Ah, that takes me back:

Pearl Jam
Representative lyric:
"Daddy didn't give attention to the fact that mommy didn't care"
Breakthrough-album cover art: Cheer squad high five
Most likely to: Not only pause between songs to make a public criticism of an allegedly waste-dumping oil company, but actually to perform a 30-second song exhorting listeners not to patronize said company
Where are they now? Perhaps the most down-to-earth-seeming of the grunge bands, Pearl Jam combined political activism with their music not long after they became superstars. Band members testified on Capitol Hill as part of a Justice Department investigation into alleged monopolistic practices by concert ticket distributor Ticketmaster in 1995, and they've continued to back liberal causes. In 2008, the band (sans Eddie Vedder) even recorded an only mildly cringe-worthy cover of Billy Haley classic "Rock Around the Clock," titled "Rock Around Barack," to show their support for the Democratic nominee. They've just re-released their debut, "Ten," and they're reportedly working on their ninth studio album.
Ah, that takes me back:

Screaming Trees
Representative lyric: "Did you hear the distant lie, calling me back to my sin?"
Breakthrough-album cover art: Band in the machine
Most likely to: Brawl backstage, kick each other out of the band and then rejoin
Where are they now? After a tempestuous 15-year run, the band announced their official breakup in 2000, but they'd been on and off ever since "Sweet Oblivion" in 1992, the album that featured the MTV hit "Nearly Lost You." Brothers Van and Gary Lee Conner often fought, and on one occasion drummer Barrett Martin was nearly crushed beneath a refrigerator in the crossfire. Van currently plays guitar for the band Valis, and singer Mark Lanegan has been something of a gadfly, collaborating with musicians as diverse as Queens of the Stone Age, Belle & Sebastian's Isobel Campbell and former Afghan Whigs frontman Greg Dulli. Lanegan and Dulli currently perform as the Gutter Twins.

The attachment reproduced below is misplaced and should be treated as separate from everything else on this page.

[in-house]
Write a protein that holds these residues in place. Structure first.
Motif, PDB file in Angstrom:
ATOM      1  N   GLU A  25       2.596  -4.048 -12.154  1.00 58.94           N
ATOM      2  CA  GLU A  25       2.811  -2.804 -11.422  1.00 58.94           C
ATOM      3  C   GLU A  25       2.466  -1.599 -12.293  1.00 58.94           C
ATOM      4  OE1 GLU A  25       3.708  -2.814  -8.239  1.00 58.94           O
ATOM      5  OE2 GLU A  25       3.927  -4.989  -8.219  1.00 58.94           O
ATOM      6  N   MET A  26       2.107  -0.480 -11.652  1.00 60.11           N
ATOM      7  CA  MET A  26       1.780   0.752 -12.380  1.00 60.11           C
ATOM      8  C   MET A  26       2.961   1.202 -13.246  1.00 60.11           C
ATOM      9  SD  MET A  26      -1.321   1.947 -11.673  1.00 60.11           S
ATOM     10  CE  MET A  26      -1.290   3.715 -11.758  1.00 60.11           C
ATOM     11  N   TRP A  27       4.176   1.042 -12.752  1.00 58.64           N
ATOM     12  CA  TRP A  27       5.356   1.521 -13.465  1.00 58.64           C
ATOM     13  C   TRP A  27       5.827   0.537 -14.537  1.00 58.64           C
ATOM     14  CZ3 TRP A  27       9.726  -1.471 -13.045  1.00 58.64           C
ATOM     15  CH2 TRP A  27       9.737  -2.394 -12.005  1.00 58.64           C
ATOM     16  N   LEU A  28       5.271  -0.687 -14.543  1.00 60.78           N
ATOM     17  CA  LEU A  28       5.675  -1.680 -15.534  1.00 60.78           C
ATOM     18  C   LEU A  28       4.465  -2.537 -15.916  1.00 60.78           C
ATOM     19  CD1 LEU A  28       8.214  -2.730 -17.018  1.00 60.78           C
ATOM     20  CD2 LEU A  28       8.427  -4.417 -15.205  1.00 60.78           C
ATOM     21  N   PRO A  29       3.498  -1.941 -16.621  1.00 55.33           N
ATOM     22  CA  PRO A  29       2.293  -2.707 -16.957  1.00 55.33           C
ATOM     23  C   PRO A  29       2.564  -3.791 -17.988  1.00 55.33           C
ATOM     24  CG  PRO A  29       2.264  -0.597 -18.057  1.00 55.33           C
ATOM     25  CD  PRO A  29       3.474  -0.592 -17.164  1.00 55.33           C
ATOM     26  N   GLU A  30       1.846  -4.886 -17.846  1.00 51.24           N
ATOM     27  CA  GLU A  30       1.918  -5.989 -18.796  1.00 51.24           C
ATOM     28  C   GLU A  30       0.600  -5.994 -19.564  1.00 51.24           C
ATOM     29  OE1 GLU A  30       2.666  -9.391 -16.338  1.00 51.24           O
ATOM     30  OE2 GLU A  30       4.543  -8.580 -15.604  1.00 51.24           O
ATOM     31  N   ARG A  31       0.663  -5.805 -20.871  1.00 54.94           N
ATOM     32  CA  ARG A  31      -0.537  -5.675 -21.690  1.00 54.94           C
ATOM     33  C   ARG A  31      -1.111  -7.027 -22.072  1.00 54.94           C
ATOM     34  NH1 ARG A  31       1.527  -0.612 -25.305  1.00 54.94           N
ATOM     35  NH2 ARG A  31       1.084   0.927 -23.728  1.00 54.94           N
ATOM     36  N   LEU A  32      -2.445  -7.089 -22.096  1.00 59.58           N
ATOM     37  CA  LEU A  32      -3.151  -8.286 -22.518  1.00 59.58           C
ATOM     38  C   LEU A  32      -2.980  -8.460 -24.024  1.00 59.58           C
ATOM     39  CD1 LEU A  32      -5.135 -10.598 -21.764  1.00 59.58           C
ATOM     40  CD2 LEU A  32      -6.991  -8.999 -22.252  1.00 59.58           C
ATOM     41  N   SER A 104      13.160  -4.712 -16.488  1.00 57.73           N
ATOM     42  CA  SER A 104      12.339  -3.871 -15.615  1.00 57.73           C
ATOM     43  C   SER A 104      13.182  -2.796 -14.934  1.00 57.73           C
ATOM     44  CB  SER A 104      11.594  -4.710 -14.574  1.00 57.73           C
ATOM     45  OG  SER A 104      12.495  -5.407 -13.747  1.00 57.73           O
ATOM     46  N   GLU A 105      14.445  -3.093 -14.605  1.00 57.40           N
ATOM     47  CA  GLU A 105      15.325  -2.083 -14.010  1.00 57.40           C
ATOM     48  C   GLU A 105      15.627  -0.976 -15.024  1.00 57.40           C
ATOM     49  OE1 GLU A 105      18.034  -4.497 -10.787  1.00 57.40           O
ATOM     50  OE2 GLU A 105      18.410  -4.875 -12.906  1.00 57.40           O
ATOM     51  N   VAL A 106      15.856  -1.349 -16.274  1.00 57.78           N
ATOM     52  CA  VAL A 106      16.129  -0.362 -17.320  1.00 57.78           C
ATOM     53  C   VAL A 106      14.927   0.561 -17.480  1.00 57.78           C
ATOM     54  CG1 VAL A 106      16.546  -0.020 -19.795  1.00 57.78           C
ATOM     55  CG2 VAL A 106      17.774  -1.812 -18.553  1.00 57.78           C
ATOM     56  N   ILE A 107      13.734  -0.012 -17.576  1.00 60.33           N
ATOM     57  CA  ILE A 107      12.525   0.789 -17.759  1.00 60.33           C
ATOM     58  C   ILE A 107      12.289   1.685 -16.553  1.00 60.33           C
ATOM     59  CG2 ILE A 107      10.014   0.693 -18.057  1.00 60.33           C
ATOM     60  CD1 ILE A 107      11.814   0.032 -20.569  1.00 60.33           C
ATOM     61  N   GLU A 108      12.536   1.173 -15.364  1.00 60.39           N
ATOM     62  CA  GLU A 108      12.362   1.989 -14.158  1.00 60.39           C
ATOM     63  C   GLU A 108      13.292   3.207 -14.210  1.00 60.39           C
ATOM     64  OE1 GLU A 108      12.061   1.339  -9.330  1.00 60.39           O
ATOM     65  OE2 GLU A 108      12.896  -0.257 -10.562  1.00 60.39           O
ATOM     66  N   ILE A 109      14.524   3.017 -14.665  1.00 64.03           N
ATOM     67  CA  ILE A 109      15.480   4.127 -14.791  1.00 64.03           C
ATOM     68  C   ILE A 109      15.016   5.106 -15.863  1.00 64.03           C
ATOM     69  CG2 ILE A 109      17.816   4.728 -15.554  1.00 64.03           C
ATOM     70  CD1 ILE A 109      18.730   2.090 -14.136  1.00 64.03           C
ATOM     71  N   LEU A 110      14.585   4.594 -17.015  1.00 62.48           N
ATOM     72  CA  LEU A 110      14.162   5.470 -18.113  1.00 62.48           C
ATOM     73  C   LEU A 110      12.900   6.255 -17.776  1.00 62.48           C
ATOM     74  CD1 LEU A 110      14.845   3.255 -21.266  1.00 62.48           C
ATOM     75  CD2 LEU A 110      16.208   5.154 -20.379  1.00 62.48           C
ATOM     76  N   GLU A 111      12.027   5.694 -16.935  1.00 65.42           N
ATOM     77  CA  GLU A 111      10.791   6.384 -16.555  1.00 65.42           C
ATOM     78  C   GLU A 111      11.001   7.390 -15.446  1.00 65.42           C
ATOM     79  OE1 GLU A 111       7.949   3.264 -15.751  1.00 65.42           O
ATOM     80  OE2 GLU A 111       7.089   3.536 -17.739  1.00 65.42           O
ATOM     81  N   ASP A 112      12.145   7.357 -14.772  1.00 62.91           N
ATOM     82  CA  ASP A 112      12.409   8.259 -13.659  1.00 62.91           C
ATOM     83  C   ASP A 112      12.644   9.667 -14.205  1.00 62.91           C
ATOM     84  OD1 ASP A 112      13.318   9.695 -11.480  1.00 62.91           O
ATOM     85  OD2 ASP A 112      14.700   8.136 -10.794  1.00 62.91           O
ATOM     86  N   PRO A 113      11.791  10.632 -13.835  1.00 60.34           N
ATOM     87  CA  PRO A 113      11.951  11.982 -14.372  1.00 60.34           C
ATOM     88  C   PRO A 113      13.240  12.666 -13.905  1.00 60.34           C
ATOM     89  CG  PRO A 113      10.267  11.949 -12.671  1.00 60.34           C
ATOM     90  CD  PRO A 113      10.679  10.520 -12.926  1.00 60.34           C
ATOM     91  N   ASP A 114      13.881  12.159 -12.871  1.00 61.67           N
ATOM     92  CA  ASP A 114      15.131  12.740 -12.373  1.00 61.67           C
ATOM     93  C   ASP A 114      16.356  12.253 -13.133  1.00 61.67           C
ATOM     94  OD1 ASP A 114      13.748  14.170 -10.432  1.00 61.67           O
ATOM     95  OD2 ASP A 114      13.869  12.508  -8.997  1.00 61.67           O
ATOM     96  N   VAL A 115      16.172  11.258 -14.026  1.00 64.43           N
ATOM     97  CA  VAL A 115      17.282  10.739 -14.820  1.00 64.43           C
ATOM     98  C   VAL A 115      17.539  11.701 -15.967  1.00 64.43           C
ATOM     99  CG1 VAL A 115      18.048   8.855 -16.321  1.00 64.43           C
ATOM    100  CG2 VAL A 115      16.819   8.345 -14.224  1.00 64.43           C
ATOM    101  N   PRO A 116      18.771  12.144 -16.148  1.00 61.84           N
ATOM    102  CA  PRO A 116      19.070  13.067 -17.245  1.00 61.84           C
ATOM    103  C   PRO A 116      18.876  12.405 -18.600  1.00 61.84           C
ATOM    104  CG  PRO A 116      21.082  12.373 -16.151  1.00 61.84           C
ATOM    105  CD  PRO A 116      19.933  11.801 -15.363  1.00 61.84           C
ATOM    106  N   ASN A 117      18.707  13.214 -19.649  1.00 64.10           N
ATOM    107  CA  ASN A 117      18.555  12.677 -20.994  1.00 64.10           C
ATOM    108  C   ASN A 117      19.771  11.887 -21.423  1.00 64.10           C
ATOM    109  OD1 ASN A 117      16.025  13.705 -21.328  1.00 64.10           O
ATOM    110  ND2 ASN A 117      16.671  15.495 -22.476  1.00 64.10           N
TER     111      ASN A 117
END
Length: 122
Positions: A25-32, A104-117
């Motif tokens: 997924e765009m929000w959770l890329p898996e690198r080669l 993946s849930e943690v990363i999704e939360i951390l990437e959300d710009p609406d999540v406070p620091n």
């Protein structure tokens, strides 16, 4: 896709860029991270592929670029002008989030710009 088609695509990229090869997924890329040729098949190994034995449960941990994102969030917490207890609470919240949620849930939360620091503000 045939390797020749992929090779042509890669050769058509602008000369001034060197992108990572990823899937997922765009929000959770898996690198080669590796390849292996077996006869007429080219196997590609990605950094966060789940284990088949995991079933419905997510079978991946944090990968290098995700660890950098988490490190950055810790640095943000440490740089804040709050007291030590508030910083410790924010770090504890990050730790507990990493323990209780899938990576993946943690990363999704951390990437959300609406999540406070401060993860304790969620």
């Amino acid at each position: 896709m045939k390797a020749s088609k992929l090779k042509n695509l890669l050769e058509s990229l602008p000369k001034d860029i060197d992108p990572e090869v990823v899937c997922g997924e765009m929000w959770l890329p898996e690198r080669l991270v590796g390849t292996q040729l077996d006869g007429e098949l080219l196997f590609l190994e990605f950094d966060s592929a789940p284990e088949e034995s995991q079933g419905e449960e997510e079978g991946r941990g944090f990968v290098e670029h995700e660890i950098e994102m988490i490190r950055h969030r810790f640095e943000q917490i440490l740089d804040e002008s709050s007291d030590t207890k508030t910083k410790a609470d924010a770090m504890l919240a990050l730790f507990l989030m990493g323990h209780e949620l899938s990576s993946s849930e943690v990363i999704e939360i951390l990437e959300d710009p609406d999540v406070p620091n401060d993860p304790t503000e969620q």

Ah, that takes me back:

Representative lyric: "I'm lookin' California and feelin' Minnesota"
Breakthrough-album cover art: Spiky, angry, vehicular
Most likely to: Make a pretentious video with creepy CGI effects distorting people's faces much like those strangely terrifying commercials with talking pets
Where are they now? After "Badmotorfinger," their breakthrough, Soundgarden only got bigger, releasing "Superunknown" in '94, which sold millions of copies and won Grammys. Unfortunately, by 1996, when the band released "Down on the Upside," grunge was fading, and the members agreed to call it quits the next year. Since then, singer Chris Cornell has been the most visible, performing with three-quarters of Rage Against the Machine as Audioslave and launching a successful solo career that has included the theme song to Bond movie "Casino Royale." Drummer Matt Cameron joined Pearl Jam shortly after Soundgarden's breakup and has played with the band ever since.
Ah, that takes me back: